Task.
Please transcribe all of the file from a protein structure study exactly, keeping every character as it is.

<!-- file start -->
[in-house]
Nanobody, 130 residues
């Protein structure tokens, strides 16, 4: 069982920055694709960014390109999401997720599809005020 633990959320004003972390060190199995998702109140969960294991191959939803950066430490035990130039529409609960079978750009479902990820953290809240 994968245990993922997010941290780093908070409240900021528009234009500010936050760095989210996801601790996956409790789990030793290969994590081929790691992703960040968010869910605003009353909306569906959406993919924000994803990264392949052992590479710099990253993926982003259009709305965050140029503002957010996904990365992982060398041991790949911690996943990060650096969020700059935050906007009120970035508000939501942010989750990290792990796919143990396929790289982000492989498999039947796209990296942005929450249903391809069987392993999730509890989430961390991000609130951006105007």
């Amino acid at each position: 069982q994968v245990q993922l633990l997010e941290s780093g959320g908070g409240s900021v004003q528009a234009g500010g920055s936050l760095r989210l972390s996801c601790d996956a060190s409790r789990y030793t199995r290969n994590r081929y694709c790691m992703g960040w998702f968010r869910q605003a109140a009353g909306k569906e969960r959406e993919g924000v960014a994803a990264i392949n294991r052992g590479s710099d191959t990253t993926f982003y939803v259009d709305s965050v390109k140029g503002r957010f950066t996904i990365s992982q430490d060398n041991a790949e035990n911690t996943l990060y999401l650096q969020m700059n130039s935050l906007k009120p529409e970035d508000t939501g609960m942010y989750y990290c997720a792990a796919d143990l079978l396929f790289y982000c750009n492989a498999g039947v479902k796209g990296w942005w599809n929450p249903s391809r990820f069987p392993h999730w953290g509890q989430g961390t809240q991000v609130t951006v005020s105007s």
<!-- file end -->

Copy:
[in-house]
Nanobody, 130 residues
């Protein structure tokens, strides 16, 4: 069982920055694709960014390109999401997720599809005020 633990959320004003972390060190199995998702109140969960294991191959939803950066430490035990130039529409609960079978750009479902990820953290809240 994968245990993922997010941290780093908070409240900021528009234009500010936050760095989210996801601790996956409790789990030793290969994590081929790691992703960040968010869910605003009353909306569906959406993919924000994803990264392949052992590479710099990253993926982003259009709305965050140029503002957010996904990365992982060398041991790949911690996943990060650096969020700059935050906007009120970035508000939501942010989750990290792990796919143990396929790289982000492989498999039947796209990296942005929450249903391809069987392993999730509890989430961390991000609130951006105007």
């Amino acid at each position: 069982q994968v245990q993922l633990l997010e941290s780093g959320g908070g409240s900021v004003q528009a234009g500010g920055s936050l760095r989210l972390s996801c601790d996956a060190s409790r789990y030793t199995r290969n994590r081929y694709c790691m992703g960040w998702f968010r869910q605003a109140a009353g909306k569906e969960r959406e993919g924000v960014a994803a990264i392949n294991r052992g590479s710099d191959t990253t993926f982003y939803v259009d709305s965050v390109k140029g503002r957010f950066t996904i990365s992982q430490d060398n041991a790949e035990n911690t996943l990060y999401l650096q969020m700059n130039s935050l906007k009120p529409e970035d508000t939501g609960m942010y989750y990290c997720a792990a796919d143990l079978l396929f790289y982000c750009n492989a498999g039947v479902k796209g990296w942005w599809n929450p249903s391809r990820f069987p392993h999730w953290g509890q989430g961390t809240q991000v609130t951006v005020s105007s």